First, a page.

David Bourget (Western Ontario)
David Chalmers (ANU, NYU)
Rafael De Clercq
Ezio Di Nucci
Jack Alan Reynolds
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Amid the controversies surrounding physician-assisted suicides, euthanasia, and long-term care for the elderly, a major component in the ethics of medicine is notably absent: the rights and welfare of the survivor's family, for whom serious illness and death can be emotionally and financially devastating. In this collection of eight provocative and timely essays, John Hardwig sets forth his views on the need to replace patient-centered bioethics with family-centered bioethics. Starting with a critique of the awkward language with which philosphers argue the ethics of personal relationships, Hardwig goes on to present a general statement on the necessity of family-centered bioethics. He reflects on proxy decisions, the effects of elder care on the family, the financial and lifestyle consequences of long-term care, and physician-assisted suicide from the perspective of the family. His penultimate essay, "Is There a Duty to Die?" carries the idea of family-centered ethics to its logical, controversial, conclusion; comments upon this essay from Daniel Callahan, Larry Churchill, Joanne Lynn, and journalist Nat Hentoff offer differing views on this highly charged subject. As advances in medicine prolong patient's lives, the welfare of those ultimately responsible for medical care-the family-must be addressed. Hardwig's courageous and illuminating essays set forth a new direction in bioethics: one that considers the welfare of everyone concerned.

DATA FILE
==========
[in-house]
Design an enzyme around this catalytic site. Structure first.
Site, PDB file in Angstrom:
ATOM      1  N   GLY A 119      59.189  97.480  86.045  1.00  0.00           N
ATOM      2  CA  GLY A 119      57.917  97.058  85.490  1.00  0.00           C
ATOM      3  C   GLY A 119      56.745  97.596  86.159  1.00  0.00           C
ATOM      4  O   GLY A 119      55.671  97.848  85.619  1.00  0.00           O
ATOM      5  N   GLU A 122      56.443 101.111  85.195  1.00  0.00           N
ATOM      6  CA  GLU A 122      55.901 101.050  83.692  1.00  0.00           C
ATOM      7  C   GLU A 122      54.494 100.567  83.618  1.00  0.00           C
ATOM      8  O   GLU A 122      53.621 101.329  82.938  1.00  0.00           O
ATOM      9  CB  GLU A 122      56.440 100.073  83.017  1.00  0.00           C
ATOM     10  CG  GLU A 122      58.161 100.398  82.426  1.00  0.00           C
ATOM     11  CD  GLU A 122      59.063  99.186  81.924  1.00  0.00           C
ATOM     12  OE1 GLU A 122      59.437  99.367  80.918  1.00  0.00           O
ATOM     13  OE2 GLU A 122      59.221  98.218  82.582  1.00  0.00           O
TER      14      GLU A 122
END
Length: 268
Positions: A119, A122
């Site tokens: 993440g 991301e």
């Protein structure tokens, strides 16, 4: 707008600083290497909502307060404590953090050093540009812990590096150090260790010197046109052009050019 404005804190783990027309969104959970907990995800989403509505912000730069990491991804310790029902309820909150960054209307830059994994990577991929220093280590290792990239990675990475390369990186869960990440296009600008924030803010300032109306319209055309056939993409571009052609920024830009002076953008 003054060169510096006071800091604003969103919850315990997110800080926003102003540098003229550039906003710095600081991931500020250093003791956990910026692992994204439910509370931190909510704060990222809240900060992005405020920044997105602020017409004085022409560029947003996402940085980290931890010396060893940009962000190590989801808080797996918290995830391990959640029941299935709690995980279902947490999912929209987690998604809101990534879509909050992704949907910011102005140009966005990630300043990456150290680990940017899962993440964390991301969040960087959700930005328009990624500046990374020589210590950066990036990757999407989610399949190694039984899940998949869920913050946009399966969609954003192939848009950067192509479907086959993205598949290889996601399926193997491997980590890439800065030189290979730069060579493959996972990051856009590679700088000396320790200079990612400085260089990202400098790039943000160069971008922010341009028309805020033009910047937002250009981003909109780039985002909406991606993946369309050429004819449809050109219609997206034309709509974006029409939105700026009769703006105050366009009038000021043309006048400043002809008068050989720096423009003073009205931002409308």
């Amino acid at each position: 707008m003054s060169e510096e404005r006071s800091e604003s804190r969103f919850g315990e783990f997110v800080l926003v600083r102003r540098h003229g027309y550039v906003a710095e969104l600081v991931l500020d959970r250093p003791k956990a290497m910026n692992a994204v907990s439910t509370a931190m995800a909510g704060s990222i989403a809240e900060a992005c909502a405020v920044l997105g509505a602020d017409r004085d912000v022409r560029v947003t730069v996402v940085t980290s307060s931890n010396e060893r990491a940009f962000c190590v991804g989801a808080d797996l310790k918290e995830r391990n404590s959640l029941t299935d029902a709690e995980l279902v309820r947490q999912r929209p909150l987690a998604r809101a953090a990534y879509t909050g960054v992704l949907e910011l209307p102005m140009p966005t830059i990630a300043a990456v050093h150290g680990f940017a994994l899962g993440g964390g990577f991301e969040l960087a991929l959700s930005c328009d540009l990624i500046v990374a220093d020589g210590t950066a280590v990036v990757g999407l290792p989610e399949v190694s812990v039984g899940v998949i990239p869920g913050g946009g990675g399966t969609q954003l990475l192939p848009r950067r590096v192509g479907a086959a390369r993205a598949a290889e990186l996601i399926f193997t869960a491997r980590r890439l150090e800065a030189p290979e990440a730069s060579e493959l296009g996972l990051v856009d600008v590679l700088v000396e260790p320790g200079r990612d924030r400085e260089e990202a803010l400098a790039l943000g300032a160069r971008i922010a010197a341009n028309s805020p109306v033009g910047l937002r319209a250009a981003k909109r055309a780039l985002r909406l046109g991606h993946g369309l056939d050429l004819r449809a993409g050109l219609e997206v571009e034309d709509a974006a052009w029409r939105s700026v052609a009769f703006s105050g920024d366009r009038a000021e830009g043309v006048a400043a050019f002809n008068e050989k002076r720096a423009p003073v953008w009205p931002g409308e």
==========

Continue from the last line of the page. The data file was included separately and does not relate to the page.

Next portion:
|Keywords||Death Moral and ethical aspects Medical ethics|
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|Call number||R725.5.H37 2000|
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Citations of this work BETA
Felicia Nimue Ackerman (2007). Lucinda Among the Bioethicists. American Journal of Bioethics 7 (6):61-62.
Felicia Nimue Ackerman (2006). The More the Merrier. Dialogue 45 (3):549-558.
Christine Overall (2006). Précis of Aging, Death, and Human Longevity: A Philosophical Lnquiry. Dialogue 45 (3):537-548.
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